LH: Okay, and another question that people want to know more about is you mentioned the ColorChecker, and not everyone's familiar with it. So you take it at the beginning, but can you just explain why it's a valuable tool for both conservators but also maybe at home as well?

    GM: Absolutely. So ColorCheckers allow you to balance the light. So the light that I have actually behind the computer right now—I have a blend of cool and warm lighting to create an even light throughout, and it keeps things from washing out. So here you've got pure grays, as opposed to if I only had warm lights in here, the whites would actually tend to look a little bit more yellow. What this does is it allows you to compare whatever else is in that photograph. When this is balanced correctly—so each of these grays have a specific numerical RGB value when it is put into a photo processing software. You don't necessarily have to do this on your own. It's useful if you are taking this to a professional who regularly treats these types of objects to understand how that artifact might have changed over time. So within the museum, when we're doing treatment, when we're doing the documentation, we always have a ColorChecker because it might be years or decades in between the time an artwork is on display or treated, and so we want to compare what it looked like earlier as well as before and after treatment. So you can see how well did the visible appearance of the artwork improve after it was cleaned. So that's the purpose of a ColorChecker.

    LH: So what you're saying is it's slightly more advanced. So if you are going to take this after and do what Gwen says and get a notebook and start cataloging every time you dust, then this might be a really good next step. It might not be for everyone.

    GM: No, no, not at all. I’m thinking artists who—they're painting dozens of paintings, and they're trying out different pigments. Even Turner at one point—he was approached by an owner of some of his paintings that he had made who had complained about the fact that his pigments had actually faded within a couple years of him purchasing it, and Turner's response was something along the lines of, “Well, that's not my problem. You purchased the artwork that I had painted. I wasn't guaranteeing that it would stay the same forever.”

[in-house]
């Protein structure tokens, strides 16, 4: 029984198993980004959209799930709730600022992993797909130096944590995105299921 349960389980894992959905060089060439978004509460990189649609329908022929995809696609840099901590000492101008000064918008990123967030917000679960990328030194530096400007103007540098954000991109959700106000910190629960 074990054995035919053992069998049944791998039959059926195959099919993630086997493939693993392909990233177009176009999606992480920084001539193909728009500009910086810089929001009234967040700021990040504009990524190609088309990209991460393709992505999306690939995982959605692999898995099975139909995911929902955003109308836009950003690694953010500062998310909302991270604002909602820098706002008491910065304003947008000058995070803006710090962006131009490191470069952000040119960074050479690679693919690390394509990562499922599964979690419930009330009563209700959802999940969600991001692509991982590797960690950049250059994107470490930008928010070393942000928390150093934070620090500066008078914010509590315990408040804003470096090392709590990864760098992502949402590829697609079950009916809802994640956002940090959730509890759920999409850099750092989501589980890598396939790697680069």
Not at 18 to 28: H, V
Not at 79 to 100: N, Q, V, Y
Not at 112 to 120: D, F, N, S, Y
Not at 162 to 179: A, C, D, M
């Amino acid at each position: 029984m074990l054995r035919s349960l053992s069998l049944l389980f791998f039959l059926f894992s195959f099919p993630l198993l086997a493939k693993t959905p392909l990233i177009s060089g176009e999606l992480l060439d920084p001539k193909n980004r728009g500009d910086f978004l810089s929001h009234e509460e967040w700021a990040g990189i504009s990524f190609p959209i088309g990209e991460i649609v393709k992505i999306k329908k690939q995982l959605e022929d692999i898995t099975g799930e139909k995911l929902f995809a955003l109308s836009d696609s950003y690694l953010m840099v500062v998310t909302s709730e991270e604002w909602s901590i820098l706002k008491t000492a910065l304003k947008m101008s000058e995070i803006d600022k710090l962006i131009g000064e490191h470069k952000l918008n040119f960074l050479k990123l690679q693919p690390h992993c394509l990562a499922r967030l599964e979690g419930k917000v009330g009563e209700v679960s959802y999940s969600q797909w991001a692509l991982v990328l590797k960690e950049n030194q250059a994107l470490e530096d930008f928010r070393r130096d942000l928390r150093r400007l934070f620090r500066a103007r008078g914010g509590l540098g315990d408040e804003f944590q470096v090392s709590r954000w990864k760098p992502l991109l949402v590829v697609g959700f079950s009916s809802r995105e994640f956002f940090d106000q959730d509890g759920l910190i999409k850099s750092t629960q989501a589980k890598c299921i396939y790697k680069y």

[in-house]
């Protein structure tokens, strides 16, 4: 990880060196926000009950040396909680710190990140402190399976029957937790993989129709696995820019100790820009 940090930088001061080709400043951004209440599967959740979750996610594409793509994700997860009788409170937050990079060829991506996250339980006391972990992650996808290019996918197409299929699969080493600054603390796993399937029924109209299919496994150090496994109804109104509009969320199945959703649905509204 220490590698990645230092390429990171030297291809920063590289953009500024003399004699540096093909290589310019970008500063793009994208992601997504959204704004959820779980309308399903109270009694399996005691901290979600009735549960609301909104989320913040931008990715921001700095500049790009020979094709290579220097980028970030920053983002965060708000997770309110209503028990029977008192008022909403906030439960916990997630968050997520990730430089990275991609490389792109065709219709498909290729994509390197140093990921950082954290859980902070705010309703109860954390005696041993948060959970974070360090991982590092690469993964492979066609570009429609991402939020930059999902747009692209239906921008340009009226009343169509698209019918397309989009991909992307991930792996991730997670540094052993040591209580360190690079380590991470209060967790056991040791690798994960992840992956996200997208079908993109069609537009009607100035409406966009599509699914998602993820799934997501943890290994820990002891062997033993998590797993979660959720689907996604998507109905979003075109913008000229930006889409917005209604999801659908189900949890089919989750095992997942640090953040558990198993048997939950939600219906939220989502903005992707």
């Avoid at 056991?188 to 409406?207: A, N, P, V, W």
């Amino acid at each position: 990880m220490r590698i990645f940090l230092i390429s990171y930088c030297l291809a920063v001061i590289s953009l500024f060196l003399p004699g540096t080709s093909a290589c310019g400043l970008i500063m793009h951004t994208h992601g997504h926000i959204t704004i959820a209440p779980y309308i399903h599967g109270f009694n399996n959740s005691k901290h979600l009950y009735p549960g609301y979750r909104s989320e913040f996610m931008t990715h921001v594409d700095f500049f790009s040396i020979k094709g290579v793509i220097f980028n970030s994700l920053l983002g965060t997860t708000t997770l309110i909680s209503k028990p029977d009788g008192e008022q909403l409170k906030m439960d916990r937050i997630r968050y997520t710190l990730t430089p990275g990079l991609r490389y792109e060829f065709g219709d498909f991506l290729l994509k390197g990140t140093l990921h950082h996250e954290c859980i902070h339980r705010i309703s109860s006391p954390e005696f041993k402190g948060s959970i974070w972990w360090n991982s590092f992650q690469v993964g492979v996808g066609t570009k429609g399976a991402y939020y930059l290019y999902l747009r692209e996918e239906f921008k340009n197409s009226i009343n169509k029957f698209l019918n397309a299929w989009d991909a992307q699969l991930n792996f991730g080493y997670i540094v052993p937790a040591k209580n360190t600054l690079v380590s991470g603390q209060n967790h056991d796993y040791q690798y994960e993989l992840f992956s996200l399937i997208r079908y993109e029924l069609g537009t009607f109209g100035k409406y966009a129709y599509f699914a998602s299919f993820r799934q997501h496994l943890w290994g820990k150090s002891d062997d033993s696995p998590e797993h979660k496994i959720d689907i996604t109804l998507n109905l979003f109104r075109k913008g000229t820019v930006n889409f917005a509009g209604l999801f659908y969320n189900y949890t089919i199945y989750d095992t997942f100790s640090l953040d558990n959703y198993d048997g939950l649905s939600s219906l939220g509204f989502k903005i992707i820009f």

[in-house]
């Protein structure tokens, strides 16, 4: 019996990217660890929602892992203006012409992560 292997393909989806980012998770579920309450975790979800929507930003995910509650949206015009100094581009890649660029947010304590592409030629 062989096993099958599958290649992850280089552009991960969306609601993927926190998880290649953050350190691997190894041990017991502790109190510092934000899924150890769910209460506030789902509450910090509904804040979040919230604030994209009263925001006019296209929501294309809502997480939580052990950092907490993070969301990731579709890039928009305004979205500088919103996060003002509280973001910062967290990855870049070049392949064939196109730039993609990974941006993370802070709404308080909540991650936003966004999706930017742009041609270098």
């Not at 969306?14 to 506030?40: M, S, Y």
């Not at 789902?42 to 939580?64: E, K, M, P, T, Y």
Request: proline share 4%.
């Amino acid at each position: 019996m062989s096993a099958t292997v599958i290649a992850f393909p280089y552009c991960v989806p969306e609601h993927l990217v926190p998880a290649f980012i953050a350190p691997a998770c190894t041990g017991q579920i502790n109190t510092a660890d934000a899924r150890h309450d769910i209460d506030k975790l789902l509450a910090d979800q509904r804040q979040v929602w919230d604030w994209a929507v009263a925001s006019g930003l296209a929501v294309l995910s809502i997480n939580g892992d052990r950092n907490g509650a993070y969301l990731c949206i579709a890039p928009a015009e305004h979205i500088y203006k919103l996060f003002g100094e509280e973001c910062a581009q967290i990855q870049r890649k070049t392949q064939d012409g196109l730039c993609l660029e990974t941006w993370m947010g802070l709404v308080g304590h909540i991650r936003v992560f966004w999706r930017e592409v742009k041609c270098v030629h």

LH: I think that's a great clarification with it. I think it is a really cool tool. I love seeing it when you're looking at treatments and you see like the before and after. I really feel like the ColorChecker, you can see how important of a tool it is. Someone just asked—they said is the ColorChecker electronic? It's always an in-person physical because you have to see it in the context, right?

    GM: Yeah, and again, so be very careful when you handle this. You want to have clean hands. You do not want to touch the colors themselves because the oils in your hand, just like on artwork, can actually start to stain and degrade this. So it's in a little protective sleeve, and it is kept in the dark when it is not being actively used for photography.

    LH: Okay, this is just a little bit separate, but I love this question, so I got to switch to it. Someone asked what cleaning methods—and I’m going to broaden it up—what things should you not do at home that you have heard about?

    GM: There's so many.

    LH: I know!

    GM: There's so many. There's the spraying the back of the canvas with a water bottle. There's cleaning a painting with breadcrumbs. There's cleaning a painting with a half a potato or trying to bleach darkened varnish with the half of a lemon. There are so many things that can go wrong, especially when we don't know what those materials are. We don't know what kind of life or what kind of restoration materials are actually on the surface of that painting. So you can be rubbing with that potato until the cows come home, and there might not be a change at all. Essentially what that potato is doing is it's absorbing dirt. That moisture that's in there is cleaning some of that aqueous grime, but it's also leaving starches behind on the surface of that painting, so don't put a painting in a tub and hose it down. Don't use Windex on a painting! I have seen many paintings that have been heavily damaged and chemically abraded because Windex is ammonia. You have something that is incredibly alkaline. You're basically going to saponify your oil paint itself.